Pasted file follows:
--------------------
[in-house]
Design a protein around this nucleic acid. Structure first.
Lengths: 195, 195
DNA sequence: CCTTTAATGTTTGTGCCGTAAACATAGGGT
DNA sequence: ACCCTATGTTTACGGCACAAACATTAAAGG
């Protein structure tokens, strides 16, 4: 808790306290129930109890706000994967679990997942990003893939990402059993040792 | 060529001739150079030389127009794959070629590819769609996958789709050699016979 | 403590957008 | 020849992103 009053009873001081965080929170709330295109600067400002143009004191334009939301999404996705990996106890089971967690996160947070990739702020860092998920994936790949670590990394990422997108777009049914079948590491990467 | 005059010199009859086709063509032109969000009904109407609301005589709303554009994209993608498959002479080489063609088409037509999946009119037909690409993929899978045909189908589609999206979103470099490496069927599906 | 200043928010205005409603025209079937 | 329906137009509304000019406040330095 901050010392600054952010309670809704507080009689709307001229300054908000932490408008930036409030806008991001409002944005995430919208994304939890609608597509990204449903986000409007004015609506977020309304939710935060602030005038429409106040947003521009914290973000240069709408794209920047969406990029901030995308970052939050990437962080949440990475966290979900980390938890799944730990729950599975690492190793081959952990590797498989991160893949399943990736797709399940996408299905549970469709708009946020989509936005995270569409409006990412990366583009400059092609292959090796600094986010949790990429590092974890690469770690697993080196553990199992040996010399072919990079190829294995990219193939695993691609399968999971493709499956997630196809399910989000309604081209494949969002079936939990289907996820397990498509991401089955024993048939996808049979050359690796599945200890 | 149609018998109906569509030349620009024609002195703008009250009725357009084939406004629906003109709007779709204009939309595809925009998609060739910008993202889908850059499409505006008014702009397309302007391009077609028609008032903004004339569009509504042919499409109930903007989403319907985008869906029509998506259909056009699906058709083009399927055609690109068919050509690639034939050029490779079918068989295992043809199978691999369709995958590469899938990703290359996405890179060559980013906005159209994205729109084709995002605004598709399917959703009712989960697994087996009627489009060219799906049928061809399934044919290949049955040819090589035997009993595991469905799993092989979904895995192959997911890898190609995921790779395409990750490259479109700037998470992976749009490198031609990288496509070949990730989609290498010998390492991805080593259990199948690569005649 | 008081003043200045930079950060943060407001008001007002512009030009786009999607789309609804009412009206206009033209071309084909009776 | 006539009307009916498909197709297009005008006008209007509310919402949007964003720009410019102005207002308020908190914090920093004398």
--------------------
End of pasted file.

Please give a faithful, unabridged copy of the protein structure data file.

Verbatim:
[in-house]
Design a protein around this nucleic acid. Structure first.
Lengths: 195, 195
DNA sequence: CCTTTAATGTTTGTGCCGTAAACATAGGGT
DNA sequence: ACCCTATGTTTACGGCACAAACATTAAAGG
């Protein structure tokens, strides 16, 4: 808790306290129930109890706000994967679990997942990003893939990402059993040792 | 060529001739150079030389127009794959070629590819769609996958789709050699016979 | 403590957008 | 020849992103 009053009873001081965080929170709330295109600067400002143009004191334009939301999404996705990996106890089971967690996160947070990739702020860092998920994936790949670590990394990422997108777009049914079948590491990467 | 005059010199009859086709063509032109969000009904109407609301005589709303554009994209993608498959002479080489063609088409037509999946009119037909690409993929899978045909189908589609999206979103470099490496069927599906 | 200043928010205005409603025209079937 | 329906137009509304000019406040330095 901050010392600054952010309670809704507080009689709307001229300054908000932490408008930036409030806008991001409002944005995430919208994304939890609608597509990204449903986000409007004015609506977020309304939710935060602030005038429409106040947003521009914290973000240069709408794209920047969406990029901030995308970052939050990437962080949440990475966290979900980390938890799944730990729950599975690492190793081959952990590797498989991160893949399943990736797709399940996408299905549970469709708009946020989509936005995270569409409006990412990366583009400059092609292959090796600094986010949790990429590092974890690469770690697993080196553990199992040996010399072919990079190829294995990219193939695993691609399968999971493709499956997630196809399910989000309604081209494949969002079936939990289907996820397990498509991401089955024993048939996808049979050359690796599945200890 | 149609018998109906569509030349620009024609002195703008009250009725357009084939406004629906003109709007779709204009939309595809925009998609060739910008993202889908850059499409505006008014702009397309302007391009077609028609008032903004004339569009509504042919499409109930903007989403319907985008869906029509998506259909056009699906058709083009399927055609690109068919050509690639034939050029490779079918068989295992043809199978691999369709995958590469899938990703290359996405890179060559980013906005159209994205729109084709995002605004598709399917959703009712989960697994087996009627489009060219799906049928061809399934044919290949049955040819090589035997009993595991469905799993092989979904895995192959997911890898190609995921790779395409990750490259479109700037998470992976749009490198031609990288496509070949990730989609290498010998390492991805080593259990199948690569005649 | 008081003043200045930079950060943060407001008001007002512009030009786009999607789309609804009412009206206009033209071309084909009776 | 006539009307009916498909197709297009005008006008209007509310919402949007964003720009410019102005207002308020908190914090920093004398």